Arthur Bowen Davies

(American, 1862-1928)

Silver Birches

Watercolor and Graphite on Paper

10¼ x 14½ Inches

Estate Stamp to Lower Right, "A.B. Davies"

Additionally Signed Verso and Stamped with Artist Signature

Provenance: American Master's Gallery

Framed Dimensions: 17.75 H x 22.25 W x 1.75 D Inches


Born in Utica, New York, Arthur Davies attended the Chicago Academy of Design from 1879 to 1882. He furthered his studies at the Chicago Art Institute, before moving to New York City in 1885 where he studied at the Art Students League and Gotham Art Students League. In 1893, he made the first of many trips to Europe, visiting Holland, Paris, and London. He was an arch-exponent of Modernism and the central organizing figure of 1913's watershed Armory Show. Davies developed a style that combined visionary Symbolism with elements of Tonalism and Cubism.


Who Was Who in American Art describes him as an “…important but enigmatic Modernist whose work was poetic, mysterious, and visionary”. Davies was the recipient of many gold medals and prizes and juried awards and his work is held in the permanent collections of museums nationwide, including New York’s Museum of Modern Art, the Art Institute of Chicago, the Baltimore Museum of Art and the Los Angeles County Museum of Art, among others.


Photo of Arthur B Davies circa 1907 in New York City by Gertrude Käsebier courtesy of Library of Congress Prints and Photographs Division Washington, D.C.



Who Was Who in American Art 1564-1975: 400 Years of Artists in America, Peter Hastings Falk, Sound View Press 1999, Vol. 1, p. 835; Artists in California 1786-1940, Third Edition, Edan Milton Hughes: Crocker Art Museum, Sheridan Books 2002, Vol. 1, p. 280; Thieme-Becker Allgemeines Lexikon der Bildenden Künstler von der Antike bis zu Gengenwart, Ulrich Thieme and Felix Becker, Deutscher Taschenbuch Verlag 1992, Vol. 7/8, p. 470; E. Benezit, Dictionnaire des Peintres, Sculpteurs, Dessinateurs, et Graveurs, Jacques Busse, 1999 Nouvelle Édition, Gründ 1911, Vol. 4, p. 293; Davenport’s Art Reference and Price Guide 2009/10 Edition, LTB Gordonsart, Inc. 2008, p. 672; et al.



Additional biographical information follows, written by Catherine Southwick and Robert Torchia from the National Gallery of Art Online Editions:


Arthur B. Davies’s mystical, mysterious paintings hearken back to 19th-century romanticism, even while Davies aligned himself with American artists advancing the most radical ideals of their day. Davies was born on September 26, 1862, in Utica, New York, the son of English and Welsh parents who had immigrated to the United States in 1856. He first took art lessons as a teenager from a local landscape painter, Dwight Williams. By 1879 Davies's family had moved to Chicago, where he attended the Chicago Academy of Design. He interrupted his studies in the early 1880s to work in New Mexico and Mexico as a draftsman for a railway expansion company. Davies later attended the School of the Art Institute of Chicago and then moved to New York City, where he enrolled in the Art Students League. During his first years in New York he supported himself as a magazine illustrator. Davies’s work was shown at the American Art Galleries, the National Academy of Design, and in an exhibition of the American Watercolor Society. After his marriage to the physician Lucy Virginia Meriwether in 1892, Davies moved to a farm in Congers, in upstate New York, and commuted to his studio in the city. Acting on the recommendation of the dealer William Macbeth, the department store magnate Benjamin Altman provided financial support that enabled the young artist to make two trips to Europe. Davies had his first solo exhibition at Macbeth Gallery in 1896. In the early 1900s, Davies began to lead a double personal life: though he remained married and continued to visit his wife and children on weekends, he moved in with Edna Potter, a model and dancer, in New York. They assumed the alias of Mr. and Mrs. David A. Owen and kept their relationship, and their daughter, a secret until Davies’s death.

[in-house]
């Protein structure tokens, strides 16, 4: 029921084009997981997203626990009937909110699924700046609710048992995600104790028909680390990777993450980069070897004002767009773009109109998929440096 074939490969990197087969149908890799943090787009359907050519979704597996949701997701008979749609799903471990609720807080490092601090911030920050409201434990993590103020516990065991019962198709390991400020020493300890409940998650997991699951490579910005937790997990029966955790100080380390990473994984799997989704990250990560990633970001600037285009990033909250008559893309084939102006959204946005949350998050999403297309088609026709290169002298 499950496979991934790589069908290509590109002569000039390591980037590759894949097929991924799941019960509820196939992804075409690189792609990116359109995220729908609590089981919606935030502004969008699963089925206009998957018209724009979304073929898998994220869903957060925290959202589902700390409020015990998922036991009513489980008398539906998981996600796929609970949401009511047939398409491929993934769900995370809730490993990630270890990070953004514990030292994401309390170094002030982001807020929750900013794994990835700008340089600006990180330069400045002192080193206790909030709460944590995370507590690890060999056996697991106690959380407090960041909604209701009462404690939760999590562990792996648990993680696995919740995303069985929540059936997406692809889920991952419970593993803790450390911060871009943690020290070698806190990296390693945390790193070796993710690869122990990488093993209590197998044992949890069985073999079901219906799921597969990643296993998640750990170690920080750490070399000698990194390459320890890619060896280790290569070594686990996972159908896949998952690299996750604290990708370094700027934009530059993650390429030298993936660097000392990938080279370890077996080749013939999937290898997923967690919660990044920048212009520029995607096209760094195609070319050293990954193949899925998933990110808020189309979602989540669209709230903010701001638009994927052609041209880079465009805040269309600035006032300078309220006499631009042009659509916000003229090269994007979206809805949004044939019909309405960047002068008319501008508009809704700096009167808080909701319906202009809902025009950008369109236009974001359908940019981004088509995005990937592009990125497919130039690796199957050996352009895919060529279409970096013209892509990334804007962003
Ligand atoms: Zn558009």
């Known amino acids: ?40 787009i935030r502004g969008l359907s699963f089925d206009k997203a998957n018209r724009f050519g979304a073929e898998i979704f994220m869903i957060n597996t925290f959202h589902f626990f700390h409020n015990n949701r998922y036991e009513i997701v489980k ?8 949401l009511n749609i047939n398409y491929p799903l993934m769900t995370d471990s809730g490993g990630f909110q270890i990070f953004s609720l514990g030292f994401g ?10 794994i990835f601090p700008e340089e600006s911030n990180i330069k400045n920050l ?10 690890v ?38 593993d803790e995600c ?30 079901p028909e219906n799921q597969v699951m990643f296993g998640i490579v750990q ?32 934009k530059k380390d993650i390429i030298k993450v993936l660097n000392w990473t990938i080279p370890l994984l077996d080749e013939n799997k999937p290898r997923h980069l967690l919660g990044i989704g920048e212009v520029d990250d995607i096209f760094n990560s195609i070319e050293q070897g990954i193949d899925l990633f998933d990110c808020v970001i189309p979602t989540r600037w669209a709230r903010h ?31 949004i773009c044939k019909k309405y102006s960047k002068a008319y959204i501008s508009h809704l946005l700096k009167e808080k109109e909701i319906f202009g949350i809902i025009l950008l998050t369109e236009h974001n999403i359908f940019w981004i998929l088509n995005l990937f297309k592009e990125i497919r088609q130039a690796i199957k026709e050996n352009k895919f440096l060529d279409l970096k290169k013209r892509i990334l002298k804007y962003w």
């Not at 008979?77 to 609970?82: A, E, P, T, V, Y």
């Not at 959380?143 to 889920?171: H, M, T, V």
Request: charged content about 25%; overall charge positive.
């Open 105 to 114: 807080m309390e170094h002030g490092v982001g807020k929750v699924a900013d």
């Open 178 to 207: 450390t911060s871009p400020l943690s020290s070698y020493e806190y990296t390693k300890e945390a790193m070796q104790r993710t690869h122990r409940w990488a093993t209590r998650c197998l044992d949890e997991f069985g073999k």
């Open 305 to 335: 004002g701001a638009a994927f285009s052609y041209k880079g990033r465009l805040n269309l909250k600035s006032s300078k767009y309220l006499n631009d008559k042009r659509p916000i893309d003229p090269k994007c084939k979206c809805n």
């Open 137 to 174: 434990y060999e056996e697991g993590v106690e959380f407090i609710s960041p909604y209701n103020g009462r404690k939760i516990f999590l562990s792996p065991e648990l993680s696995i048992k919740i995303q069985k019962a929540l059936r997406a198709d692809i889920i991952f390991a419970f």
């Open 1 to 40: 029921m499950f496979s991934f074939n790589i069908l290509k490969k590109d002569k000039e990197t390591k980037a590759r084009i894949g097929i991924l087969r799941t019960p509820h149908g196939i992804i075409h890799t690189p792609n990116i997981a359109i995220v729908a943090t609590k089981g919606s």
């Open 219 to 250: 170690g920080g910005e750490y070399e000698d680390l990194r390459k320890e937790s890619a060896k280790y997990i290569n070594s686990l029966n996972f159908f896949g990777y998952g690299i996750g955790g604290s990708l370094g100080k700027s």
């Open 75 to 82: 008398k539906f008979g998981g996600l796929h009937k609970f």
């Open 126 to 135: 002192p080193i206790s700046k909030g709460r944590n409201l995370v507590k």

Davies's most distinctive works are the dreamlike, fantasy visions of female nudes standing in pastoral landscapes that he began to paint around 1900. These enigmatic subjects possess a distinctly classical flavor and have literary and mythological allusions. Such works have a strong affinity with symbolism and are often compared with those of the French artists Pierre Puvis de Chavannes (French, 1824 - 1898) and Odilon Redon (French, 1840 - 1916). Despite his style and subject matter—which had more of an affinity with the 19th century than the 20th—Davies joined the circle of young, progressive artists who gathered around Robert Henri (American, 1865 - 1929). Davies showed his work with theirs at the historic exhibition of The Eight at the Macbeth Gallery in 1908, and his paintings were included in the Exhibition of the Society of Independent Artists in 1910. He became president of the Society of Independent Artists in 1911 and played a pivotal role in organizing the Armory Show in 1913, which introduced Americans to the latest developments in European avant-garde art. Davies’s role as a fierce proponent of modernism in the work of others, rather than in his own artistic practice, was his greatest contribution to the field. After the Armory Show Davies briefly painted in a cubist-influenced style, but soon returned to the idyllic scenes for which he is best known. Davies also experimented with sculpture in a variety of styles and materials, including tapestry, and was an accomplished graphic artist. He served as advisor to the collector Lillie P. Bliss, helping her amass the collection that is now in the Museum of Modern Art, New York. Toward the end of his life he spent extended periods of time in Paris and Florence, Italy. He died of a heart attack in Florence on October 24, 1928.








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